About a year ago I bought a book on Adobe’s Photoshop and determined to learn how to use it. It was/is touted as being the premier photo editing software; however, due to its capabilities, difficult to learn and use. Being proficient in many off-the-shelf applications, I thought I would breeze through the book, thus becoming a Photoshop expert. Wrong! Well, maybe not entirely. Working through the book, in about a month I “Photoshopped” a lot of photos, creating some really cool effects. But I really couldn’t find much use for the edited photos (a few family laughs was about it) so my interest in Photoshop wained. Its been about 10 months since I’ve even opened the application. What I mostly need in photo editing is redeye correction and cropping. The old tried and true Microsoft PhotoDraw (yes, I still have a copy installed) or Paint.net work just fine for such basic editing. So, whatever esoteric expertness I developed with Photoshop is now mostly gone. Why? Because I didn’t have a need to use it. Of course, to regain my familiarity with the software would take less time that it did to learn it initially, but practically I wasted my time during those two months a year ago.
This seems to be pretty much how it is regarding most things technological. How many of you have been required to sit through four hours of, say, MS Excel professional development? This continues to be typical of technology professional development sessions, even though experience has taught us that ten percent of those attending the sessions will remember ten percent of what was presented. That ten percent needed only to remember the ten percent they remembered. They had no immediate need for the other ninety percent of the information and the other ninety percent of the attendees had no need for one hundred percent of the information. The ten percent with the need(s) probably could have satisfied their need(s) in a timely manner with a 15 or 20-minute one-on-one training session with a knowledgeable user. I call this Just In Time Learning. Or better, Just In Time Training.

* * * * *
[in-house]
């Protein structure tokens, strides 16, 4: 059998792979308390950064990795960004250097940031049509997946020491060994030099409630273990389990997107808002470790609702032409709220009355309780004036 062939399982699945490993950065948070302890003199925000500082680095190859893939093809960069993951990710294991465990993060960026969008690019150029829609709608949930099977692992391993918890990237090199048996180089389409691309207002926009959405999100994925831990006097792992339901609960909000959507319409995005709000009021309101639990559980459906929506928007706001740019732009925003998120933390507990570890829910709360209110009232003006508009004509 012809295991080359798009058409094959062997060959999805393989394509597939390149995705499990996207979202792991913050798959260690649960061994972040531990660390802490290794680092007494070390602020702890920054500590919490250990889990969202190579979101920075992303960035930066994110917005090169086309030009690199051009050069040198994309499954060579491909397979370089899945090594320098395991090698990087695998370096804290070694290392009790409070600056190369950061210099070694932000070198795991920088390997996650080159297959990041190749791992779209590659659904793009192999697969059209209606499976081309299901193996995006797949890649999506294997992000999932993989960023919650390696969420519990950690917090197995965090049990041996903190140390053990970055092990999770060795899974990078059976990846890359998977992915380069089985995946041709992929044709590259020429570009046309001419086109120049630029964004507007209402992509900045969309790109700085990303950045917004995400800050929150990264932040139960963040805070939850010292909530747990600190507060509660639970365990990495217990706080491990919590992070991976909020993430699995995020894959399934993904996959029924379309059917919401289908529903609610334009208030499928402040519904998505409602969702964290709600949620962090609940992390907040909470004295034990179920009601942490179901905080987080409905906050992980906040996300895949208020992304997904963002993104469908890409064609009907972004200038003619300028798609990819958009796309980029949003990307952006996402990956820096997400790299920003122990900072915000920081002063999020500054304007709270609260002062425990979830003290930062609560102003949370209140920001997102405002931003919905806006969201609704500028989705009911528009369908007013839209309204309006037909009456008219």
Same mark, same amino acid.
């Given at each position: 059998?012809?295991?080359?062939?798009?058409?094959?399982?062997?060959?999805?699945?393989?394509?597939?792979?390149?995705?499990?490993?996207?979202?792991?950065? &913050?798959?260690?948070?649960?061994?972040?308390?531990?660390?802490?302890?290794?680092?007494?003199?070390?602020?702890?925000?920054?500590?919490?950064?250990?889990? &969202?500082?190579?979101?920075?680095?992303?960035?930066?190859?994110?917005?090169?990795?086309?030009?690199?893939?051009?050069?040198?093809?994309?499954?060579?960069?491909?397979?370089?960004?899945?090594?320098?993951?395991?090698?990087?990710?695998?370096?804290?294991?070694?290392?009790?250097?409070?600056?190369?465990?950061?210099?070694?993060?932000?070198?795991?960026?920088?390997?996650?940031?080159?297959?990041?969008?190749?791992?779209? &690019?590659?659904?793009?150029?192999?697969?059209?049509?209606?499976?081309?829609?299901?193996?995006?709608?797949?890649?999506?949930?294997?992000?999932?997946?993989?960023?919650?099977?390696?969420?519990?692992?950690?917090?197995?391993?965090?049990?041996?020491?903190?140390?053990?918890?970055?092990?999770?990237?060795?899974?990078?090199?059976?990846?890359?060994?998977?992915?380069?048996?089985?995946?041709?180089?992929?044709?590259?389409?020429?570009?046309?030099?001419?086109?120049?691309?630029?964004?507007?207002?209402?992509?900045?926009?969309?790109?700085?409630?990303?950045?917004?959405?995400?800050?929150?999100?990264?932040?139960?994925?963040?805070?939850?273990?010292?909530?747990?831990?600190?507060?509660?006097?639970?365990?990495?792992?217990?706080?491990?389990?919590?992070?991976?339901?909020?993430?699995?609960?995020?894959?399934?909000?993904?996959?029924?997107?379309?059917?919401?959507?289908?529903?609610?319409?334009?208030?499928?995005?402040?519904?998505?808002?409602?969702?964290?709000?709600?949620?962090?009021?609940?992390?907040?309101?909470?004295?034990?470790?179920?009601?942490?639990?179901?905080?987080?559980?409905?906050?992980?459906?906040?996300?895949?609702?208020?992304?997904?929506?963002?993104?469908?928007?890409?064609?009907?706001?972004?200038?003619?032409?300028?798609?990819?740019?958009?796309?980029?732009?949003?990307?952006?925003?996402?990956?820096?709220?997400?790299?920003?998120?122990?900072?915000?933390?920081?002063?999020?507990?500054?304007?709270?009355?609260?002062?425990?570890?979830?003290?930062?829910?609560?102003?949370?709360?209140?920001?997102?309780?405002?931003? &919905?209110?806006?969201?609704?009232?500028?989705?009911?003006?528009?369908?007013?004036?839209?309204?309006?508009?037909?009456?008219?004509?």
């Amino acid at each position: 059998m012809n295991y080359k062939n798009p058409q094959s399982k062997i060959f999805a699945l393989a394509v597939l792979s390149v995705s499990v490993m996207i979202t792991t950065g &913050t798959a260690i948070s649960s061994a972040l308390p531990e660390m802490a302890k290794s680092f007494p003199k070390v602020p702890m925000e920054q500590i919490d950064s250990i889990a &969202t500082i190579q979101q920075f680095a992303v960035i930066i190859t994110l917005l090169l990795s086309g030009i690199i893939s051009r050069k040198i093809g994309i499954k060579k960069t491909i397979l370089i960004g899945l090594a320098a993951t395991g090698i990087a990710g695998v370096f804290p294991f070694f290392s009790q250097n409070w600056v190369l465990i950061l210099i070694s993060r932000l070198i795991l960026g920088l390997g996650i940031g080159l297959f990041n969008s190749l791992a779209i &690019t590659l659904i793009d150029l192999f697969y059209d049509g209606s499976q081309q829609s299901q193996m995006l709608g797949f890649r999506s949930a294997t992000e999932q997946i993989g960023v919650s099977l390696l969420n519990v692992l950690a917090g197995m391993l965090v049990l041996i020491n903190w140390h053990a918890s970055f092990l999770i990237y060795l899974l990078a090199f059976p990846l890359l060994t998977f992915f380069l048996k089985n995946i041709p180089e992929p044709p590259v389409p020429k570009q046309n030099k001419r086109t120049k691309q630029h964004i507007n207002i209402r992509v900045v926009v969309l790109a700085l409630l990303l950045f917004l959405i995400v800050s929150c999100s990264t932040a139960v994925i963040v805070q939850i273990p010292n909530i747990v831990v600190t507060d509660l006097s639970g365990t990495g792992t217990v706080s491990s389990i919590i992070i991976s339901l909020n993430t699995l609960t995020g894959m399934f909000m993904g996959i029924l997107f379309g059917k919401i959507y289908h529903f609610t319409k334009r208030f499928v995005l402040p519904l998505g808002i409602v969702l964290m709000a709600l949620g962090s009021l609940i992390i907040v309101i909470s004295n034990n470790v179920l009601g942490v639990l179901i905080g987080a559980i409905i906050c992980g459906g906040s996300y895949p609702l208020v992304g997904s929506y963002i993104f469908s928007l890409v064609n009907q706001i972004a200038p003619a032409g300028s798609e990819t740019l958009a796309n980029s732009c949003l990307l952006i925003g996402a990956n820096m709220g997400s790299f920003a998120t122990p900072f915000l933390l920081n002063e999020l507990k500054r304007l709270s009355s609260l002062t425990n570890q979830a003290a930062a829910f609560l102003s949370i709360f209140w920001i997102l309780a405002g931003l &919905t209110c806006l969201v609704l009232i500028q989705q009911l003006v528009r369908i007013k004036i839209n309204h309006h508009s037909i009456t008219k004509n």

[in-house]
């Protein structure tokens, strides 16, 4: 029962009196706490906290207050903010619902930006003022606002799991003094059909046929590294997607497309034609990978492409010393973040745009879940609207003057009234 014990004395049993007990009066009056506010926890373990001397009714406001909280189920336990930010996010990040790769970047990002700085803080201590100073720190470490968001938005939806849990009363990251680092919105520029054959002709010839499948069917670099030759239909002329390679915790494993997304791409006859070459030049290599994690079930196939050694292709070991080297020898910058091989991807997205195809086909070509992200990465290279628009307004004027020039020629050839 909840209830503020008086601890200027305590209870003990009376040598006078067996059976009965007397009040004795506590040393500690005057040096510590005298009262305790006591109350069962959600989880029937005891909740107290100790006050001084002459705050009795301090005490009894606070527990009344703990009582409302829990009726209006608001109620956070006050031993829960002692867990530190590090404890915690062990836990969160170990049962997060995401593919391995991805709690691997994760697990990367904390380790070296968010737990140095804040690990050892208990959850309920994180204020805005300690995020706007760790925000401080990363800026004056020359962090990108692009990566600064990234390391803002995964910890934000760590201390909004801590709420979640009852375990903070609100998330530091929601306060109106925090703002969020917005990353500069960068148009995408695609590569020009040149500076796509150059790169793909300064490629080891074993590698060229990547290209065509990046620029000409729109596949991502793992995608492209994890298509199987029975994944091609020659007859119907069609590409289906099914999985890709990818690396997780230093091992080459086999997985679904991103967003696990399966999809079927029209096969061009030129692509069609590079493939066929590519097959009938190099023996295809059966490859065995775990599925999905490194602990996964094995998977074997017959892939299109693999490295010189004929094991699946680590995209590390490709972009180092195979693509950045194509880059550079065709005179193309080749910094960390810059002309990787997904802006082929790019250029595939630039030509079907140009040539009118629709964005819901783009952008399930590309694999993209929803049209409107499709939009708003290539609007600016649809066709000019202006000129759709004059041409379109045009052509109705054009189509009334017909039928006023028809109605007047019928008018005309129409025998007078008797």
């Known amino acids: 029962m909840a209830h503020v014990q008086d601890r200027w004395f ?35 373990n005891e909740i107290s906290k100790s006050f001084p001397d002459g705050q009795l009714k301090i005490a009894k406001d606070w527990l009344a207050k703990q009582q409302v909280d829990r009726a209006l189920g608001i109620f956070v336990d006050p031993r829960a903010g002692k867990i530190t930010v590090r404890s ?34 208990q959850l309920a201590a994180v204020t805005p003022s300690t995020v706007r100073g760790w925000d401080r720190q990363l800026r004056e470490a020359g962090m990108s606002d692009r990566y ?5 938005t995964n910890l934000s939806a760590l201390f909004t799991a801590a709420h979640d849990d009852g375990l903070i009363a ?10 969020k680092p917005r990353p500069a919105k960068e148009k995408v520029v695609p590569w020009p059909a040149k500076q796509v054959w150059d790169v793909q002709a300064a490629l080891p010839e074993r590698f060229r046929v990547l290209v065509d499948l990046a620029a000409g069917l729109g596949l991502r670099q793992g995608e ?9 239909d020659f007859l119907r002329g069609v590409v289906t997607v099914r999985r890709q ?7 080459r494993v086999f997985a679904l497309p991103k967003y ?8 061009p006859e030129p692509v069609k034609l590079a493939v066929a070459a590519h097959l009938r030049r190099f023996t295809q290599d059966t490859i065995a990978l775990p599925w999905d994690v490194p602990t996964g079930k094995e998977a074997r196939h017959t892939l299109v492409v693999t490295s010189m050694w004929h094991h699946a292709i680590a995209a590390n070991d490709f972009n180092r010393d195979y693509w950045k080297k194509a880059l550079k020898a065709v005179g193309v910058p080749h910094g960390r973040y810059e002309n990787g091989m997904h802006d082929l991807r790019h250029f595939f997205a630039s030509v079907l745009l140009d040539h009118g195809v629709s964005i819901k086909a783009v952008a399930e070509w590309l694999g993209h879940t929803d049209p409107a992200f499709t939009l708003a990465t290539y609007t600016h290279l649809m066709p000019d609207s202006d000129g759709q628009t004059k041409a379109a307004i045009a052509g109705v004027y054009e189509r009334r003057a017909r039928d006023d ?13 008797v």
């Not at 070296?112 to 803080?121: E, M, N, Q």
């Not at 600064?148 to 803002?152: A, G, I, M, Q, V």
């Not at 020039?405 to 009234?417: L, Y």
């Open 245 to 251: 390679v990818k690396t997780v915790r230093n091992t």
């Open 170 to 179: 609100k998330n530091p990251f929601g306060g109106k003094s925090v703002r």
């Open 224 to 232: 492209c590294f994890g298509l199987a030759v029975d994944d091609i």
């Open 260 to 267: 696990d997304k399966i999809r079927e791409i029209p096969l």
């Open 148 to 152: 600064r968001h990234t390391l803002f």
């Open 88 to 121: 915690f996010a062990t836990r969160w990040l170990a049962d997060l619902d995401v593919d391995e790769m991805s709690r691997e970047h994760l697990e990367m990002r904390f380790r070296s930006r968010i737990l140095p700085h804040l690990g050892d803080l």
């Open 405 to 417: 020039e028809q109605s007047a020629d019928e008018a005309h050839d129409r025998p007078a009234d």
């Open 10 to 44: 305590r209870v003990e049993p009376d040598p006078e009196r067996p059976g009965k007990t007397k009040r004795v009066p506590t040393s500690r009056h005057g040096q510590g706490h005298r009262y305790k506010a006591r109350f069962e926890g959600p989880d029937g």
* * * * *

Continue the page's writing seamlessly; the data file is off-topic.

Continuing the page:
It sounds a bit like the “authentic” (realistic, project-based, problem-based, inquiry-based, etc.) learning that we are familiar with as a pedagogical tactic, with two major differences: the training occurs because an immediate need is realized and the training is conducted during a time frame when the need is prevalent–just in time. Sending an email message to tech support, asking a more knowledgeable colleague, clicking the Help menu item in most applications, conducting a Google search, or perusing an online tutorial are just a few Just In Time Training vehicles available to address an immediate technology need. My experienced guess is that when technology training occurs just in time it will more likely stick.
I am not proposing that group technology professional development be abandoned completely. Group orientations and collaboration are valuable to familiarize staff with potential software uses and to exchange technological integration into classroom instruction and curricula ideas and experiences. Group training sessions are also appropriate before and during introduction of new or major upgrades to administrative and management software.